The Gospel shows us an example where the worst of all sins and sufferings (killing the Son of God) was the essential component for redemption. Why should we feel that that we are more worthy of escaping the same things than our God?
Further, in the garden and on the cross you have Jesus expressing doubt, anxiety, insecurity, and fear as he wrestles with this very reality. He sweats blood, cries out, writhes on the ground, and expresses wanting this cup to pass, seeming to have a different desire and will than his Father (“not my will but your will be done”), and asking his Father why he has forsaken him; are these not cries of doubt, fear, and angst?
Also, not every healing Jesus ever did was a “casting out”. Only on specific occasions was a healing done by “casting out”. The Gospels even have lists of what Jesus did in a certain crowd and they include “casting out evil spirits” as a separate category than “healing”. Jesus healed blinded eyes by spitting on mud and rubbing it on their eyes; he healed lame people by just telling them to walk; he healed skin diseases by telling people to wash themselves or just by touching them. Not every illness is some spirit or curse.
What do you do with 1 Timothy 5:23, where Paul tells Timothy “Stop drinking only water, and use a little wine because of your stomach and your frequent illnesses.” Whatever your views on alcohol, Paul does not encourage Timothy to see someone with the gift of exorcism to get over his “stomach and frequent illnesses”.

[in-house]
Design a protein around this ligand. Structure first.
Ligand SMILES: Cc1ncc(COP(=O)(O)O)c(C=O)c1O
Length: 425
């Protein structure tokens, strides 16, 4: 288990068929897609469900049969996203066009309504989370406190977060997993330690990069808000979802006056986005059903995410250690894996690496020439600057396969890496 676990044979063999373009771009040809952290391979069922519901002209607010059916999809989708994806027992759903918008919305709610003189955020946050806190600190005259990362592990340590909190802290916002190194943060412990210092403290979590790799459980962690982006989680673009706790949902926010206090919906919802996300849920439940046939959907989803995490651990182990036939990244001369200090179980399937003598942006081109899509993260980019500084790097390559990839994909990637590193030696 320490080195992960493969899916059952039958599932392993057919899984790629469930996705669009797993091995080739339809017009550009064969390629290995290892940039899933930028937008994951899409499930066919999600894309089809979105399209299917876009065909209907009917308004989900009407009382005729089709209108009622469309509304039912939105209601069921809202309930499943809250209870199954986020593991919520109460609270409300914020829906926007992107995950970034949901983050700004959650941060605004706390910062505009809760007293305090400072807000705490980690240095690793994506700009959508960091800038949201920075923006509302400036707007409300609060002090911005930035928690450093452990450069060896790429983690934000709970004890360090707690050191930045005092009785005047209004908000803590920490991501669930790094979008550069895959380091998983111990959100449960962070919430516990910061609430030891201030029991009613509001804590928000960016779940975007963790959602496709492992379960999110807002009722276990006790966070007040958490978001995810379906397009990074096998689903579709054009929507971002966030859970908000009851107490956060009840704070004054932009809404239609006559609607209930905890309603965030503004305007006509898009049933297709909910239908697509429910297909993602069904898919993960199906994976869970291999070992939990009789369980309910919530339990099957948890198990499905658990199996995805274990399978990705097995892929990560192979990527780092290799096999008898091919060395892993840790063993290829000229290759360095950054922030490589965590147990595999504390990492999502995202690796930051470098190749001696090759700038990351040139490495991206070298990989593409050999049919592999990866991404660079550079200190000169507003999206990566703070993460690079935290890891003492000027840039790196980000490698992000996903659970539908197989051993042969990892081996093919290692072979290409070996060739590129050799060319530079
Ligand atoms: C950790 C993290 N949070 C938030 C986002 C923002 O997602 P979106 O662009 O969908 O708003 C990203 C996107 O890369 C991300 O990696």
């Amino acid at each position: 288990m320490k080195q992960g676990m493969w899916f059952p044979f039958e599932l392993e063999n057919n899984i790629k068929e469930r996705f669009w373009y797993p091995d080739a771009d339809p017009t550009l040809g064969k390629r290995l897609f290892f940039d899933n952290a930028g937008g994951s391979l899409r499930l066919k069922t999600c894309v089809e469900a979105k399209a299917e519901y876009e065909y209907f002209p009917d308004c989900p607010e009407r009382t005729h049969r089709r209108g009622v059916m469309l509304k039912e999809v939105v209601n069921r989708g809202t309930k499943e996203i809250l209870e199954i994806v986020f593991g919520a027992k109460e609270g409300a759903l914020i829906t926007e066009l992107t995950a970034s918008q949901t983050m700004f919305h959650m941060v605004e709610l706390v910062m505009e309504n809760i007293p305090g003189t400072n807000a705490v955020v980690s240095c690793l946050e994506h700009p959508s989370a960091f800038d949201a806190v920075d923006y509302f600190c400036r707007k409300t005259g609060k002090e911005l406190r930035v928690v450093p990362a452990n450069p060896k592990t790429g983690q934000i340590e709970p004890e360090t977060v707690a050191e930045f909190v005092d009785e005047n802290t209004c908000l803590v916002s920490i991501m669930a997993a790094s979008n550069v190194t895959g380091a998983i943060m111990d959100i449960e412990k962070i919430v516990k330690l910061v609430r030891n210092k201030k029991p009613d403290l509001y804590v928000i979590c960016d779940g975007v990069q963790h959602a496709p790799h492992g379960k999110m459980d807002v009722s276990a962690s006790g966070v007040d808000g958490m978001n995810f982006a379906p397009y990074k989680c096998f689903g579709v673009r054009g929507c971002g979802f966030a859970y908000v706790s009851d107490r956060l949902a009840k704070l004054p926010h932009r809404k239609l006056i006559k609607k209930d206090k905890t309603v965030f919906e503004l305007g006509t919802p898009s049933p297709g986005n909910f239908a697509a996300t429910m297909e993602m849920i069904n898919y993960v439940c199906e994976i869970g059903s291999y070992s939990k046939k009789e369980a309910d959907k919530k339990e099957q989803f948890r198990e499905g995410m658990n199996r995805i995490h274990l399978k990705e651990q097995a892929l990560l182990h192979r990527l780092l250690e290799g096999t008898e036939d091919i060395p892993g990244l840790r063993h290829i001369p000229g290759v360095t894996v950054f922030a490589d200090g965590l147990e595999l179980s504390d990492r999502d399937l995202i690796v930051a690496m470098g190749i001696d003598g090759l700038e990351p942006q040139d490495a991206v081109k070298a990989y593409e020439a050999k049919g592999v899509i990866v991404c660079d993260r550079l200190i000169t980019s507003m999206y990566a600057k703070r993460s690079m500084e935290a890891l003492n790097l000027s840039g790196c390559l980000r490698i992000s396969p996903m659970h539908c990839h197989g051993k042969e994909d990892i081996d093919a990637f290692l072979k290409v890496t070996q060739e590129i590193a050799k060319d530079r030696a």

And lastly, I’ll just point out that outside the Gospels, where you get a lot of accounts of spirits being cast out (around 100, I think?), you get around five in Acts, and then you don’t hear about demons being cast out again anywhere in the entire Bible (maybe Saul’s evil spirit, but it’s unclear what that quite was and God sent that, not “Satan”). I’m not saying it doesn’t happen, I’m just saying it might be a bit unwise to build your whole theology of illness off of a very isolated, select, and unique few set of texts. I encourage you to read this blog post by a seminary professor in California about some of these issues.
Steve, you write on your site:
I believe there are so many Christians being corrupted with false doctrines and religious traditions of man. I believe it is time for the true Gospel to return to our churches. Let’s let the watered-down and twisted messages give way to the power of God unto salvation- the real Gospel. Empty words and useless traditions will look silly in the presence of the Holy Spirit and power. It is God’s good pleasure to confirm the preaching and teaching of His Word with signs and wonders following.
I couldn’t resonate more with what you have said. I absolutely believe that the Holy Spirit is still very active, the Bible is the first authoritative source for all life and doctrine, and that the Gospel of Jesus Christ is the only way that redemption is known and applied to anyone. And so, as a brother, I hope to encourage you in this call God has given you to love and serve his Church well. And so, I hope you receive these words with both grace and love, understanding that I myself am still very young and overconfident in much of what I believe and say.
I eagerly await any response you desire to give, either on your own blog, here on my site, or by email.